The wooden box then journeyed to Vienna by way of Brussels where it was placed in the helping hands of Florimond Claude, Comte de Mercy Argenteau, an Austrian diplomat and loyal friend of the queen.

During the revolution, Marie Antoinette and King Louis XVI's two children were also captured. Their young son died at the age of 10 shortly after he was seized, but their daughter, Marie-Thérèse, survived three years of solitary confinement and was released in 1795.

Marie-Thérèse, the last surviving child of the French monarchy, made her way to Vienna and reclaimed her mother's jewelry collection from Florimond.

The jewelry stayed within the family of Marie Antoinette's heirs for more than 200 years and this is the first time that the jewels have been put on display for the public to see.

Marie Antoinette Diamond Pendant

Sotheby'sOne of Marie Antoinette's natural pearl and diamond pendants.

"Every jewel is absolutely imbued with history," Daniela Mascetti, Deputy Chairman of Sotheby's Jewelry Europe, said in a statement to Sotheby's. "This extraordinary group of jewels offers a captivating insight into the lives of its owners going back hundreds of years."

"What is also striking is the inherent beauty of the pieces themselves: the precious gems they are adorned with and the exceptional craftsmanship they display are stunning in their own right," she added.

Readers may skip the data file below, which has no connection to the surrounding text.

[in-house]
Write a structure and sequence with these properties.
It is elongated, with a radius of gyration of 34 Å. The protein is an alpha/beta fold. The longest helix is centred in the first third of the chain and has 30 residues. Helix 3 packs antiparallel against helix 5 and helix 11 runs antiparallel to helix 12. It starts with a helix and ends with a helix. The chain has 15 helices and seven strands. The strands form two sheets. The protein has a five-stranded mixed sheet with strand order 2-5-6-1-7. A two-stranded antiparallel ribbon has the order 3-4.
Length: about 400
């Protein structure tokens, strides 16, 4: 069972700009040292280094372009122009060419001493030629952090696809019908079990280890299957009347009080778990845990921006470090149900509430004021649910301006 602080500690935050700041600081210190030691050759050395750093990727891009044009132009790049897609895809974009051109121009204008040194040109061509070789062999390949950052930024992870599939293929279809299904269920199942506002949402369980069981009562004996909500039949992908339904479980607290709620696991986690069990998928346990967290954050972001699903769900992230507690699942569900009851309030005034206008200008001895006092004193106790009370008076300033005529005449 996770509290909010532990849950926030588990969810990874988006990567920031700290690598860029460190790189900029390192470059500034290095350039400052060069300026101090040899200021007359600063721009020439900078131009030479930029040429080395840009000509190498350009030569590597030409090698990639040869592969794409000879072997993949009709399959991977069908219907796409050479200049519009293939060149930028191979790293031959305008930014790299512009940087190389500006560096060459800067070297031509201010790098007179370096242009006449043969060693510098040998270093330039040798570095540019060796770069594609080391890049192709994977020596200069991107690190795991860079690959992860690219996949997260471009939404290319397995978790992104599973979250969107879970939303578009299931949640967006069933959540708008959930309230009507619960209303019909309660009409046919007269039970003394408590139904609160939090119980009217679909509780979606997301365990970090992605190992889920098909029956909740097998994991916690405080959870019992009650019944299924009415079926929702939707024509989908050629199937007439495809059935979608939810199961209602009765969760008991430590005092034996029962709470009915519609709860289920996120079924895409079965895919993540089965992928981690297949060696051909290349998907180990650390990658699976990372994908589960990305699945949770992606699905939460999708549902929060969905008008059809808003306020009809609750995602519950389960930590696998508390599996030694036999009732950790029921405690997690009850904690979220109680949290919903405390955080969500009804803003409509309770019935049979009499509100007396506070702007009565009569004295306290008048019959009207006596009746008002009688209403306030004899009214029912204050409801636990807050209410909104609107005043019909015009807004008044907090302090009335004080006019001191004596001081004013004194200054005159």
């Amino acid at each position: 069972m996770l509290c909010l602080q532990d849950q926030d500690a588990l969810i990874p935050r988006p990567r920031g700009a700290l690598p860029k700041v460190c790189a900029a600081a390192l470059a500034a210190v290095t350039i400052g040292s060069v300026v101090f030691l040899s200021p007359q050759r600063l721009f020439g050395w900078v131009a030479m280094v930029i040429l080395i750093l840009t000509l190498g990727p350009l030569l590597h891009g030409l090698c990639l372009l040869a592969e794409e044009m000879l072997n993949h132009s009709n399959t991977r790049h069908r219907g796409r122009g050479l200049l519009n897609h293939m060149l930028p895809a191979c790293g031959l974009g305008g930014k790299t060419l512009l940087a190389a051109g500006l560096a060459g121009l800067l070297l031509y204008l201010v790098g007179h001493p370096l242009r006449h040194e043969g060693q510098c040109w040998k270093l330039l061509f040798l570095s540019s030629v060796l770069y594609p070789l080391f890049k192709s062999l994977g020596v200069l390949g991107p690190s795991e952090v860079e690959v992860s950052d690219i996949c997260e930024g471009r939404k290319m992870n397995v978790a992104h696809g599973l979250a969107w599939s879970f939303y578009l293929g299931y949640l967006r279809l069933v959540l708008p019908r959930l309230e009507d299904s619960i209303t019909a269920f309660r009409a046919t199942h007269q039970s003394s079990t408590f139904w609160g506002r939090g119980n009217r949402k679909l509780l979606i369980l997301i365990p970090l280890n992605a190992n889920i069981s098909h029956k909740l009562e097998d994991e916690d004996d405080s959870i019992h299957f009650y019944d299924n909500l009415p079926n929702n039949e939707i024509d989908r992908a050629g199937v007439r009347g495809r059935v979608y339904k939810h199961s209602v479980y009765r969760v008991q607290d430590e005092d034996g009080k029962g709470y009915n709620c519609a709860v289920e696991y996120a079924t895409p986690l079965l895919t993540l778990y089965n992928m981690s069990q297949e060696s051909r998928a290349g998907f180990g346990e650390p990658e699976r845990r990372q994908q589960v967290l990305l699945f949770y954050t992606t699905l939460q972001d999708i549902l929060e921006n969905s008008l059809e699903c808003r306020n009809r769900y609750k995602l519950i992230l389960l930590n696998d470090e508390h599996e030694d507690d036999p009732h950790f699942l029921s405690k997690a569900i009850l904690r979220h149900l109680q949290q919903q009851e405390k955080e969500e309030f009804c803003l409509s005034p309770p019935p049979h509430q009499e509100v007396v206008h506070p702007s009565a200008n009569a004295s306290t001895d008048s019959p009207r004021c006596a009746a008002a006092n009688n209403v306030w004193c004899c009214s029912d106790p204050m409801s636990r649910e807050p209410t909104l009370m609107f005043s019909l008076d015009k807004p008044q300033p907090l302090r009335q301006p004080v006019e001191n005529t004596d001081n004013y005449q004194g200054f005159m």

The prices that Sotheby's estimates that Marie Antoinette's jewelry will sell for are lofty, but they could potentially soar sky-high once auction day rolls around.

"We estimate them based on the value of the jewel and then we see where it goes from there," Everett said. "I think Marie Antoinette is going to hold the same allure now that she's held for over 200 years and I think we're going to see some strong prices."

Ruby Diamond Brooch

Sotheby'sA ruby and diamond brooch/hair ornament that was given to Marie Anne de Habsbourg-Lorraine, the archduchess of Austria, by Archduke Friedrich of Austria.

The collection of jewelry on sale belongs to the Bourbon-Parma family, whose bloodline is linked to some of the most important ruling families in European history, including the Habsburgs, who ruled the Austro-Hungarian Empire until 1918. According to Sotheby's, the Bourbon-Parma family has produced Kings of Spain and France as well as Emperors of Austria.

Marie Antoinette's life may not have come to a happy ending, but her gorgeous jewelry collection has helped the beauty of her life stay alive for centuries and will continue to do so through this sale.

Next, take a look at the life of another European queen who lost her head, Mary, Queen of Scots. Then, discover how generations of inbreeding in one of Europe's most powerful royal families created a phenomenon called the Habsburg jaw.

Caroline Redmond
Caroline is a writer living in New York City who holds a Bachelor's in science from the University of Florida. Her work has appeared in People, Yahoo, Bustle, Entertainment Weekly, and The Boston Herald.
Leah Silverman
A former associate editor for All That's Interesting, Leah Silverman holds a Master's in Fine Arts from Columbia University's Creative Writing Program and her work has appeared in Catapult, Town & Country, Women's Health, and Publishers Weekly.